GERMAN STUDIES REVIEW: Volume XXVII, Number 2 (May 2004)
    Rafael Seligmann's Der Musterjude: A Master Parody of German-Jewish Führer Phantasies

    Frederick Alfred Lubich
    Old Dominion University

    Rafael Seligmann's Der Musterjude is a provocative parody of contemporary German-Jewish relations. It is anchored in the literary trope of the "verkehrte Welt" through which the author spins a wide variety of post World War II German Jewish contradictions and commonalities, ranging from German-Jewish stereotypes to inverted antisemitic prejudices, which the German culture industry retools into philosemitic marketing strategies. The latter elevates the novel's protagonist to the most celebrated Jewish journalist in Germany. Capitalizing on his country's recent fascination with its own fascist and Jewish history, the hero parodies both Hitler and Goldhagen in a sensational attempt to reinterpret Germany's Nazi legacy and mediate, like a latter-day Moses, a new national and German-Jewish identity-only to be thwarted and exposed as a false Jewish prophet.
    Adolf Hitler vs. Henry Ford: The Volkswagen, the Role of America as a Model, and the Failure of a Nazi Consumer Society

    Wolfgang König
    Technische Universität Berlin

    Modeling the consumer society of the United States, Nazi Germany planned to launch its own brand of consumerism with a family of "people's products," the most spectacular of which was the Volkswagen. This article demonstrates how and why the Nazi initiatives for consumer products failed.
    Max Weber: Education as Academic and Political Calling

    Perry Myers
    University of South Carolina

    In the Wissenschaftslehre and the less well-known pedagogical texts, Max Weber (1864-1920) defines the pursuit of knowledge as practiced in the academic world as an honorable task, fostering the political agency of the gebildete Bürger. Specifically, the ideal of value-free science, and the Enquete as portrayed in his political writings, allowed Weber to redefine an "academic calling" in the service of science, and as a force in the political sphere. This essay shows how Weber's thought remained grounded in the older traditions of the Bildungsideal yet expressed a valiant attempt to reconstitute those ideals for the modern world.
    “Rosalind Polkowskis Sehnsucht nach der großen Tat: Monika Marons Roman Stille Zeile Sechs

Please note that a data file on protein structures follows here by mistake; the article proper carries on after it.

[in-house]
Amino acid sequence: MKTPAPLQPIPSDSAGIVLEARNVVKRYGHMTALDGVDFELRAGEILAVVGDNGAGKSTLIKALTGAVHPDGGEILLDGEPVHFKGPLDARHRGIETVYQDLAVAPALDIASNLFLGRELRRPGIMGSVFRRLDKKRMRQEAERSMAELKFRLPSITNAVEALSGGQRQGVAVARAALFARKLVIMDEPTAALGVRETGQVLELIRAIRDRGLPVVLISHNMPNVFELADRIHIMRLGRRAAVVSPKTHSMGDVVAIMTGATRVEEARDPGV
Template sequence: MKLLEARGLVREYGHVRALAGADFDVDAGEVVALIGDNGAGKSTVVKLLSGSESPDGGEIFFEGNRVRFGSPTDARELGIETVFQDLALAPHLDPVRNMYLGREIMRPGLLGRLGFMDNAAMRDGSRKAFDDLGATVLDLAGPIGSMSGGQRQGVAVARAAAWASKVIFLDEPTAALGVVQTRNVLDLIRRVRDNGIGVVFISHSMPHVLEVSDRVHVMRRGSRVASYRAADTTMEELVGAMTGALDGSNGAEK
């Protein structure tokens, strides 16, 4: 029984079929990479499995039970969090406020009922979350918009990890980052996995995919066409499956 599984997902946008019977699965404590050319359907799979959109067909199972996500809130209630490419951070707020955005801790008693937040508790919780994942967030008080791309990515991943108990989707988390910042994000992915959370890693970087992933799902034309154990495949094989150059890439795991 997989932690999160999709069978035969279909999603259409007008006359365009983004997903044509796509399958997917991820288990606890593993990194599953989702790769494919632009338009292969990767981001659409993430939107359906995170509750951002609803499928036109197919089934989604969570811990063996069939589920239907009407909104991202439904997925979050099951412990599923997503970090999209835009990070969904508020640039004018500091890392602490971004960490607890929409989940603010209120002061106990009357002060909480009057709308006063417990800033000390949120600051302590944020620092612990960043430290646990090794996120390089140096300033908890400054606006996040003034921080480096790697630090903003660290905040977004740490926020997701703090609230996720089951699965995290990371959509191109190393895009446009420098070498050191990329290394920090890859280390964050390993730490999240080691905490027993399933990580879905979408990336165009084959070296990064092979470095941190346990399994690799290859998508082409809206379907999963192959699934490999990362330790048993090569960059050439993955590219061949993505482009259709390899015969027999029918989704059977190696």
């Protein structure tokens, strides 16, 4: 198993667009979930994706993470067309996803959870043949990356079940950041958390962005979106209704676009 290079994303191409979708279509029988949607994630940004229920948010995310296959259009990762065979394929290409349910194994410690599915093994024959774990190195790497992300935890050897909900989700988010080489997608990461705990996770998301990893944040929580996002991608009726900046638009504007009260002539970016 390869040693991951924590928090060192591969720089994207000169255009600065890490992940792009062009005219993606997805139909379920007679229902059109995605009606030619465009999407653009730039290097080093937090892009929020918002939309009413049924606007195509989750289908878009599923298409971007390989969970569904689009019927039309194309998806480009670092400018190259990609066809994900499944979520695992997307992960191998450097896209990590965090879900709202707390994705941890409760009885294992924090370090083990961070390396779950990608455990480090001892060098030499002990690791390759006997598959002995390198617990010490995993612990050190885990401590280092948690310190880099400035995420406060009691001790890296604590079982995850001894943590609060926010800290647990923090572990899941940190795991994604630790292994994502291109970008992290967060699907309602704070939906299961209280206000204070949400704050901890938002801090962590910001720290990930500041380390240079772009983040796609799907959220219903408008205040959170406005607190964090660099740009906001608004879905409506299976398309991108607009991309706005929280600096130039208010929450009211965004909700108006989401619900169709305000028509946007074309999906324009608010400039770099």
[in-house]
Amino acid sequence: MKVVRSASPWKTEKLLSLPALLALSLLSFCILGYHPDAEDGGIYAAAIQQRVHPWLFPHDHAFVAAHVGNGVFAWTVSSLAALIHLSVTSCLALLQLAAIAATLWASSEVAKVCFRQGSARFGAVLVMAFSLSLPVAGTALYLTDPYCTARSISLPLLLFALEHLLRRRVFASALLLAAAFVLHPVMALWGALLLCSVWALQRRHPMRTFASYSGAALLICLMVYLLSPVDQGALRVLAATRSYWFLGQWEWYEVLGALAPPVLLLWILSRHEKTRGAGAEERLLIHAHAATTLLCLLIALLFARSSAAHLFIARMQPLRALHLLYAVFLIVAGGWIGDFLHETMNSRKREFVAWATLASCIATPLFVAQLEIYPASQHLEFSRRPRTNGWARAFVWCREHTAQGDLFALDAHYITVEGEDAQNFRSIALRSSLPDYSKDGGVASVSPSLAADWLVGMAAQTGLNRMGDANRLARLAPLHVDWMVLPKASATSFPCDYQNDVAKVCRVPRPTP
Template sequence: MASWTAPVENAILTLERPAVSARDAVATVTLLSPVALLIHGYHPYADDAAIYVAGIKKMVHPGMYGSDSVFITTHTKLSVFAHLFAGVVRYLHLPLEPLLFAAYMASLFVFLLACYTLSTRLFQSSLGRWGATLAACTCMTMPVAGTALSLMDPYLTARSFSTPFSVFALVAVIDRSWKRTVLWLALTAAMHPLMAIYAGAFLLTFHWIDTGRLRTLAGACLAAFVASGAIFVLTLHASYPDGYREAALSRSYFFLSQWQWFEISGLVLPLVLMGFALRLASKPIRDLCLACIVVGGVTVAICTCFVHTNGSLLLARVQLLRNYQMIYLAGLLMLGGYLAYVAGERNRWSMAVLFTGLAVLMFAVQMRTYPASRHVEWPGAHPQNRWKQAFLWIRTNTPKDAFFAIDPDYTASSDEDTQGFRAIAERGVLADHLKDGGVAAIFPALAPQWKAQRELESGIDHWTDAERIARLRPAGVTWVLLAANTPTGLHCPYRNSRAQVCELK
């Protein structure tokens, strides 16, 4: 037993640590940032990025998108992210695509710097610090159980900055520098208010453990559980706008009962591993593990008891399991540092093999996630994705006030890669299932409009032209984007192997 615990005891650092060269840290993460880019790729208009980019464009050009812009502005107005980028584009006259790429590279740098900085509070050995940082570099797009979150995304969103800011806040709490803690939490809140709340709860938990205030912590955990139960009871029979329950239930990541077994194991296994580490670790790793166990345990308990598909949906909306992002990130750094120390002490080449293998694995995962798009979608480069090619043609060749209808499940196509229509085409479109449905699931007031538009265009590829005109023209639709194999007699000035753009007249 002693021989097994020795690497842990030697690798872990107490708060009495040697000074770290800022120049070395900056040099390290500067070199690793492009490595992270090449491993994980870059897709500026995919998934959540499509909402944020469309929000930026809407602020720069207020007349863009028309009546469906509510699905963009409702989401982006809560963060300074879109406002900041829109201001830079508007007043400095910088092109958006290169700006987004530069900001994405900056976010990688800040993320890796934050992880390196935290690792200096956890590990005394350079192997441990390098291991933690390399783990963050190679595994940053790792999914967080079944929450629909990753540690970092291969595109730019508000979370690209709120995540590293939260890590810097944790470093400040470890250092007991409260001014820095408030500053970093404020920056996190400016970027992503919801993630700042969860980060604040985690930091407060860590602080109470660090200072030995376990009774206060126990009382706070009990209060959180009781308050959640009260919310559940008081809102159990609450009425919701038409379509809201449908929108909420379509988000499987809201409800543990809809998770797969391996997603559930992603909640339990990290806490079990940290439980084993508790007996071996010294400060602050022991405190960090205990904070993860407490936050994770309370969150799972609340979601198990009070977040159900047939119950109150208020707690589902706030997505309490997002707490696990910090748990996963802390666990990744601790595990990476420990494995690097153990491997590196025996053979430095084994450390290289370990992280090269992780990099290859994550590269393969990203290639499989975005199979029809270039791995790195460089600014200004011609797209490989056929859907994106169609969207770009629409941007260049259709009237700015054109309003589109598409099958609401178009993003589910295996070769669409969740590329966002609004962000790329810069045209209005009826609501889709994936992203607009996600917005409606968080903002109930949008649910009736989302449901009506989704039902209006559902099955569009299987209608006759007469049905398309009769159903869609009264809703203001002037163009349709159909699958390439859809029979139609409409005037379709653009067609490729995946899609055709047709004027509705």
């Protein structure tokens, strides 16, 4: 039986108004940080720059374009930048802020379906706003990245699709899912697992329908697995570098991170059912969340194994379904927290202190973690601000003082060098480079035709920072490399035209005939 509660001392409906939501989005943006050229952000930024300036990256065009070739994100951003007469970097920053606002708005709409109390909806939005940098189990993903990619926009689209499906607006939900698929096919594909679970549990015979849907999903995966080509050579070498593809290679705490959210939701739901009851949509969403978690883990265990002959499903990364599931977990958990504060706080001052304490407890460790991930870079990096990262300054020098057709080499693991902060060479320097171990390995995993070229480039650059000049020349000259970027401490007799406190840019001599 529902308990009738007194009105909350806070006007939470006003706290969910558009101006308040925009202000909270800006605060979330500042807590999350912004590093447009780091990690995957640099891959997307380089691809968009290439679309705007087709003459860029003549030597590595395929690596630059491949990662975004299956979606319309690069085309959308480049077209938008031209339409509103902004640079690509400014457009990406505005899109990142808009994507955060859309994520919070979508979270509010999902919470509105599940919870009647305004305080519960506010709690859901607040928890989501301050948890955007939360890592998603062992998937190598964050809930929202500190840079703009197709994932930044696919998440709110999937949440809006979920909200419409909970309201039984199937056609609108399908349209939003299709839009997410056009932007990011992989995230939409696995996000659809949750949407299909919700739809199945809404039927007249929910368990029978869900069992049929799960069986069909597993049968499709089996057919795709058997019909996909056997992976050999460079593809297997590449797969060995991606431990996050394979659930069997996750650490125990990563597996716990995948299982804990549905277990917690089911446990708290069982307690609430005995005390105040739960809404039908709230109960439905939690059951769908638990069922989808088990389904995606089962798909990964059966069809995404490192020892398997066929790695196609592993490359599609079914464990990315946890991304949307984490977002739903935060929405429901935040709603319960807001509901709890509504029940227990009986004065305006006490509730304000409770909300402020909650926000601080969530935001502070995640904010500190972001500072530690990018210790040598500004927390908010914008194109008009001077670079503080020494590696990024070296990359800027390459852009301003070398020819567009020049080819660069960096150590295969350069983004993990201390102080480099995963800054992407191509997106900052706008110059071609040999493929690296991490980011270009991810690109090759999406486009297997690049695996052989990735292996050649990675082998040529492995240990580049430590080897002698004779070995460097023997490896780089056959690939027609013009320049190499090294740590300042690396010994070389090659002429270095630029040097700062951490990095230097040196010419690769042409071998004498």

Sigrun Leonhard
    Carleton College

    An investigation of personal and political power, Monika Maron's Stille Zeile Sechs explores one woman's reckoning with the emotional and political heritage of the GDR. Part of the genre of "Väterliteratur," the novel allows for comparisons with West German and Austrian authors of the sixties and seventies. In a philosophical context, it represents a meditation on the corrupting aspects of unchecked power. This essay analyzes how these three textual levels are woven together. It shows how the perspectives of psychoanalysis, historical analysis, and gender studies illuminate each other and demonstrates the complexity of the power issue around which the novel revolves.
    Ties of Urban Heimat: West German Cities and Their Wartime Evacuees in the 1950s

    Gregory F. Schroeder
    St. John's University, Collegeville

    Historians have demonstrated that the concept of Heimat served to forge a common German identity after 1870 and to renew West Germany after Nazism. But how did Heimat shape West German responses to the devastation and dislocation of World War II? This article expands current understanding of Heimat by arguing that evacuees who fled the cities during the war employed the notion of urban Heimat to maintain their relationship with their hometowns, despite the fact that many of them were unable to return for years after the war.
    A Home Away from Home? The Hotel as Space of Emancipation in Early Twentieth-Century Austrian Bourgeois Literature

    Bettina Matthias
    Middlebury College

    Hotels, generally overlooked by literary critics as obvious backdrops in travel, were actually a key literary device for several early twentieth-century Austrian authors. As "homes away from home," hotels become the perfect breeding ground and symbol for social interaction in modernity as described by Georg Simmel and Siegfried Kracauer. In these semi-anonymous and capitalized spaces, daughters try to break free from the premodern paternal order. However, the lack of the space's intrinsic qualities ultimately makes the project of emancipation fail and leaves some women with no other option than suicide as the only authentic expression of self.
    A Reappraisal of Germany's Vietnam Policy, 1963-1966: Ludwig Erhard's Response to America's War in Vietnam

    Eugenie M. Blang
    Hampton University

    America's Vietnam War hastened the political demise of Chancellor Ludwig Erhard in 1966. The U.S. request for German financial and military support, along with Erhard's unwavering support of Lyndon Johnson, weakened the chancellor domestically and led to tension with France's Charles de Gaulle. The main casualty was Erhard's effort to encourage Allied initiatives toward German unification. Erhard's failure to reconcile his own agenda with the national interests of the U.S. and French governments helped move West Germany toward a more flexible foreign policy under Willy Brandt.
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